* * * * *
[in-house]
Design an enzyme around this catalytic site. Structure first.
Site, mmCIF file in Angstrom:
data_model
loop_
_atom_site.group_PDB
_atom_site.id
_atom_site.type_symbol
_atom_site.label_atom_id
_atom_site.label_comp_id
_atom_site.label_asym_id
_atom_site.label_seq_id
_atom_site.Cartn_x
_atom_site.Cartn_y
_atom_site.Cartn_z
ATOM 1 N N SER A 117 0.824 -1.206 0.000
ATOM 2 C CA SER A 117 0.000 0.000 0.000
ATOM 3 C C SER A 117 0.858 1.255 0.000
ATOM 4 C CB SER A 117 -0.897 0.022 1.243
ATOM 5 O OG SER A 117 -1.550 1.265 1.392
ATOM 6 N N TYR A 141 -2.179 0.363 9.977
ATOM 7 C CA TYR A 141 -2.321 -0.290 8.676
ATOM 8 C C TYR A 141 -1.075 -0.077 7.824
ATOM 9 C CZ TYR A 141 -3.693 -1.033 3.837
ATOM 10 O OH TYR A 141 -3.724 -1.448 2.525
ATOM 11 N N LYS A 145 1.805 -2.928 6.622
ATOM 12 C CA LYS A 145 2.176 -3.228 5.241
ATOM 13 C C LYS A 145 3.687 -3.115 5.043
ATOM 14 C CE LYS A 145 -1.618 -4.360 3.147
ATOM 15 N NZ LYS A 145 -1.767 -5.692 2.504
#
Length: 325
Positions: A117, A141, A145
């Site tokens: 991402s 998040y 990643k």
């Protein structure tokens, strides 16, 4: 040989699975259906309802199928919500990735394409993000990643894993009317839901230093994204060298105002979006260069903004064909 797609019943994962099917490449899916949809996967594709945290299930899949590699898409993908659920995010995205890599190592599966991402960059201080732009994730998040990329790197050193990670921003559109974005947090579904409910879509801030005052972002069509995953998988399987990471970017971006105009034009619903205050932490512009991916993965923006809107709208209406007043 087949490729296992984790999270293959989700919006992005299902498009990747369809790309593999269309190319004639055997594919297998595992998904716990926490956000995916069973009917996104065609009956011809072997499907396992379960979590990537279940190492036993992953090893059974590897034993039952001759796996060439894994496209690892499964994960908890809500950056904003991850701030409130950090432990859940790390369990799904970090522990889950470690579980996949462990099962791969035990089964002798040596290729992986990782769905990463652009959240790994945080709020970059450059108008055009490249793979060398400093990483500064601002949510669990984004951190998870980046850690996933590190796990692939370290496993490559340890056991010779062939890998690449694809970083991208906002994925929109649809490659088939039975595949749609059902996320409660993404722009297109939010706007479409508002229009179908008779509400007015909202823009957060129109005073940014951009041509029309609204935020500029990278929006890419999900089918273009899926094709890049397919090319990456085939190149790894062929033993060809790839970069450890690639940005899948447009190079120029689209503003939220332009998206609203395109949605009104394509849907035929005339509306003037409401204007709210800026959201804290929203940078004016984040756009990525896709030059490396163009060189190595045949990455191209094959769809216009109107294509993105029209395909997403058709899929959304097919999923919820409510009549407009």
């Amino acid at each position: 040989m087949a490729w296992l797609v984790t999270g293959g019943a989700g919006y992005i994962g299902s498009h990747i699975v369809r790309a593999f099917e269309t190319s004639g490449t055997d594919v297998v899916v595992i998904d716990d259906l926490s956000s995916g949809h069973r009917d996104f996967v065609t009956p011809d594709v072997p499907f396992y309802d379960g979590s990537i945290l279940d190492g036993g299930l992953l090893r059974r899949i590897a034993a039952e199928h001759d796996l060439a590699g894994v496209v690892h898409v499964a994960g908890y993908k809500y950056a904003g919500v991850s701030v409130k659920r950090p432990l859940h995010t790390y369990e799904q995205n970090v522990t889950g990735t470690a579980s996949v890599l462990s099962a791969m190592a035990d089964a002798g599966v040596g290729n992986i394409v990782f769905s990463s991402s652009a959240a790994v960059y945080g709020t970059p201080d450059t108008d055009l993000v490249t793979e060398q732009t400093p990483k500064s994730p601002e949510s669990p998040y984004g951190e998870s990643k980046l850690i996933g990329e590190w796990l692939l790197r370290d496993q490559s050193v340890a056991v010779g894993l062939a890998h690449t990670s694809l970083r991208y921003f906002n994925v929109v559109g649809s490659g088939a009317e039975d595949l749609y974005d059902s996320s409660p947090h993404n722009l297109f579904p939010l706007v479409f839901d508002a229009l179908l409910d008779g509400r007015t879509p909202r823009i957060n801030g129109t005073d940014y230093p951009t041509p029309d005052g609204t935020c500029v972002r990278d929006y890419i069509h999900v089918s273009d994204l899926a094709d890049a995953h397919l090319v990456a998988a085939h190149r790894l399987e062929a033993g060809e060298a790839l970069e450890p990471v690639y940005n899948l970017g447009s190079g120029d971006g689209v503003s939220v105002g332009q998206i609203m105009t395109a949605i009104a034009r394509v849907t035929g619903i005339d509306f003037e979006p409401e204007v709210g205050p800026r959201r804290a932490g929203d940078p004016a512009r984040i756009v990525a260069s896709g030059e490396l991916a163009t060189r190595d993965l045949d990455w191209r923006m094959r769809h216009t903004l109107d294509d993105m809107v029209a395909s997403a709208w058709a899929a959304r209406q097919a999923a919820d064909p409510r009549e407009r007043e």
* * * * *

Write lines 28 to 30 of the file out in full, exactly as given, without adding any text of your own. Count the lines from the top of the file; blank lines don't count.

ATOM 13 C C LYS A 145 3.687 -3.115 5.043
ATOM 14 C CE LYS A 145 -1.618 -4.360 3.147
ATOM 15 N NZ LYS A 145 -1.767 -5.692 2.504